Established 1997

Search this site

APP for your mobile device
Search for Roger Knapp
or Pediatric Advice



Jokes     Recipes     Inspiration     Miscellaneous     Pictures     Quotes



High blood cholesterol levels clearly play a role in the development of premature coronary heart disease in adults, and it has also been shown that lowering blood cholesterol levels in adults results in a significant decrease in coronary heart disease rates and mortality. No long-term studies have been conducted showing the relationship of blood cholesterol levels measured in childhood to coronary heart disease in later life. However that relationship can be inferred based on these facts: 1. Compared with their counterparts in other countries, US children have higher cholesterol levels and higher intakes of saturated fatty acids and cholesterol, and US adults have higher rates of coronary heart disease. 2. Autopsy studies demonstrate that early coronary atherosclerosis often begin in childhood and are related to high cholesterol. 3. Children and adolescents with elevated serum cholesterol levels, particularly LDL-cholesterol levels, often come from families with elevated values and in which there is a high incidence of coronary heart disease.

Selective Screening is preferred to screening all children. Children and adolescents who are recommended for selective screening in the context of regular health care are: 1. Children and adolescents whose parents or grandparents, at <55 years of age, were found to have coronary atherosclerosis, or had a documented myocardial infarction, cerebrovascular disease, or sudden cardiac death. 2. The offspring of a parent with an elevated blood cholesterol level (240 mg/dL or higher). 3. Children and adolescents whom the physician may feel have a higher chance of having an elevated cholesterol. For example, adolescents who smoke, consume excessive amounts of saturated fats and cholesterol, or are overweight may also be tested at the discretion of their physician.

The "normal" value of Cholesterol, LDL, and HDL is based on population studies and the incidences of vascular disease. To remember which is good or bad, think of the "L" standing for lousy and the "H" stands for happy. It would appear that the lower the Cholesterol, the lower the LDL, and the higher the HDL, there is less rate of disease. Any improvement in the child’s blood values will increase their health and life span. The values that the American Academy of Pediatrics have published are to have the cholesterol below 170, and the LDL below 110. The lower the better.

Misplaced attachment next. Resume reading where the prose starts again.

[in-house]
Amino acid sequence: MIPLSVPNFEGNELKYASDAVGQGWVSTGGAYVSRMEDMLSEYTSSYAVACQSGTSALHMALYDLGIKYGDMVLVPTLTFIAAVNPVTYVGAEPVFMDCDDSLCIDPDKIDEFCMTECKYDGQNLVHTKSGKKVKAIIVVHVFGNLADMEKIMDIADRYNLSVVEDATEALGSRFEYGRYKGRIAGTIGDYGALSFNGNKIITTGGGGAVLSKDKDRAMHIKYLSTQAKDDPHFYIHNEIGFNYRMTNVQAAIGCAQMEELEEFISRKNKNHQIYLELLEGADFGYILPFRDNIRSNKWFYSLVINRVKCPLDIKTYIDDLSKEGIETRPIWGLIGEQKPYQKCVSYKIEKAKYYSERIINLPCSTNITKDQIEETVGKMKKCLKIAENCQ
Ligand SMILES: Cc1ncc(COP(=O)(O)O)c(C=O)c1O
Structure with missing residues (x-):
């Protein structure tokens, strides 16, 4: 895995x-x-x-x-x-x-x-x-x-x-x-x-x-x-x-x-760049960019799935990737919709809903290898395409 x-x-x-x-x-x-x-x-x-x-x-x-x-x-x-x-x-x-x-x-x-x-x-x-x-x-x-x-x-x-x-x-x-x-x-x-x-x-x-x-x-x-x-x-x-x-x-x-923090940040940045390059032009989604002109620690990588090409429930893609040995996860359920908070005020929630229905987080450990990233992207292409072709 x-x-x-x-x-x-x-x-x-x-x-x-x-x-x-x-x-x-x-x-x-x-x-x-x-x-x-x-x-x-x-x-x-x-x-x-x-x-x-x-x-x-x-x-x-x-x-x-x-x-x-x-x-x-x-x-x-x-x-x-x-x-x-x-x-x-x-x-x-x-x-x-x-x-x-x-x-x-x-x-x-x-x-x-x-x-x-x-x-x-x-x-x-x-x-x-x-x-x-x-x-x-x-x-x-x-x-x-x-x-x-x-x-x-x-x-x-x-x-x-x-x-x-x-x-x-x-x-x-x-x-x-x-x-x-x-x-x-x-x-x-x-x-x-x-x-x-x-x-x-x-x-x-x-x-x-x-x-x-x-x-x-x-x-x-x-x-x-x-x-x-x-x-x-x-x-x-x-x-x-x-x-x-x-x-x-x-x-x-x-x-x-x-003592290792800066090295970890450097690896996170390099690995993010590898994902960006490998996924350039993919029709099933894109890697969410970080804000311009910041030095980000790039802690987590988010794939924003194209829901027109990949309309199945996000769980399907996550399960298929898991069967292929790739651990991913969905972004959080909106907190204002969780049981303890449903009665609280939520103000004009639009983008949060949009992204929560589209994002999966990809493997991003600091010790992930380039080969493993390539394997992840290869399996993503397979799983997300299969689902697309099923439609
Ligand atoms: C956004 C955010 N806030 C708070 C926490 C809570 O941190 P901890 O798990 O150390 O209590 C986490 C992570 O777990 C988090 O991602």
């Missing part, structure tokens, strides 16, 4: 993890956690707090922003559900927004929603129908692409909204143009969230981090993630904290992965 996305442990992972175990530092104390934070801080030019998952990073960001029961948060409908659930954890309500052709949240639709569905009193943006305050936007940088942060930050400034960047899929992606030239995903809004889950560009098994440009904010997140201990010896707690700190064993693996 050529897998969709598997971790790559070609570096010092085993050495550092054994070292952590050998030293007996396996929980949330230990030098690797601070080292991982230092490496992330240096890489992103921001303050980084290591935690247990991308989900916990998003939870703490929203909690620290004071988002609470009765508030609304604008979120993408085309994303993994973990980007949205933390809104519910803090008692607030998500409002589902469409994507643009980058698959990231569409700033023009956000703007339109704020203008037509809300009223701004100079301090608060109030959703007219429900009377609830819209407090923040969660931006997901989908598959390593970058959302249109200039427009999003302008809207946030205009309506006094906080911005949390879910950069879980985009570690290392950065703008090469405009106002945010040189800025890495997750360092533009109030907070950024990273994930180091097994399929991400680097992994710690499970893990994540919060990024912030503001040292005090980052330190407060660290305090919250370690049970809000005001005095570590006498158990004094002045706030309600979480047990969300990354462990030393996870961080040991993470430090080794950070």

The effort to lower the cholesterol is mainly through diet and medications. Exercise is also important. Children below 2 years of age should not be tested nor treated The recommendations for the diet of the general population of children are these. 1) Nutritional adequacy should be achieved by eating a wide variety of foods; 2) Caloric intake should be adequate to support growth and development and to reach or maintain desirable body weight. 3) Saturated fatty acids <10% of total calories; 4) Total fat over several days of between 20% and 30% of total calories; and 5) Dietary cholesterol <300 mg per day. It is interesting that pepperoni pizza is 44% and chicken nuggets are 60% fat calories. Most school lunches are now within these guidelines. Studies have shown that educating the children in school classes as to the benefits of a proper diet will help the children to cooperate with these diet policies set by the patents and schools. Check your school’s meals and see that they have classes on this during the year.

Routine testing of children starts during teens. Younger children only if family history indicates it. Drug therapy is usually considered for children >10 years of age after an adequate trial of diet therapy for 6 to 12 months. Children between 5 and 10 yr. old may be treated if their cholesterol is extreme: >300. There are several recommended medications for the treatment of hypercholesterolemia and high LDL levels in children and adults. These newer medications are safe and do not affect the child’s growth and development. Your physician will advise you on when to treat and which medication is proper for your child.

Studies show that if the cholesterol is decreased to near 150-160, the advancement of artery plaques is stopped and clinical heart and stroke incidence decreases dramatically. There are very nice medications with almost no side effects that can prolong or save your life. Please see you doctor about testing the adults as well as the teens in the family.

Because over half of the "healthy" twenty year olds who were killed in war were shown to have many of their coronary arteries already more than 50% occluded, we have learned that heart disease is a life long problem. Waiting until one is 50 years old to take care of your heart is too late. Proper diet and exercise learned at a young age will carry over into a healthier teenager and adult.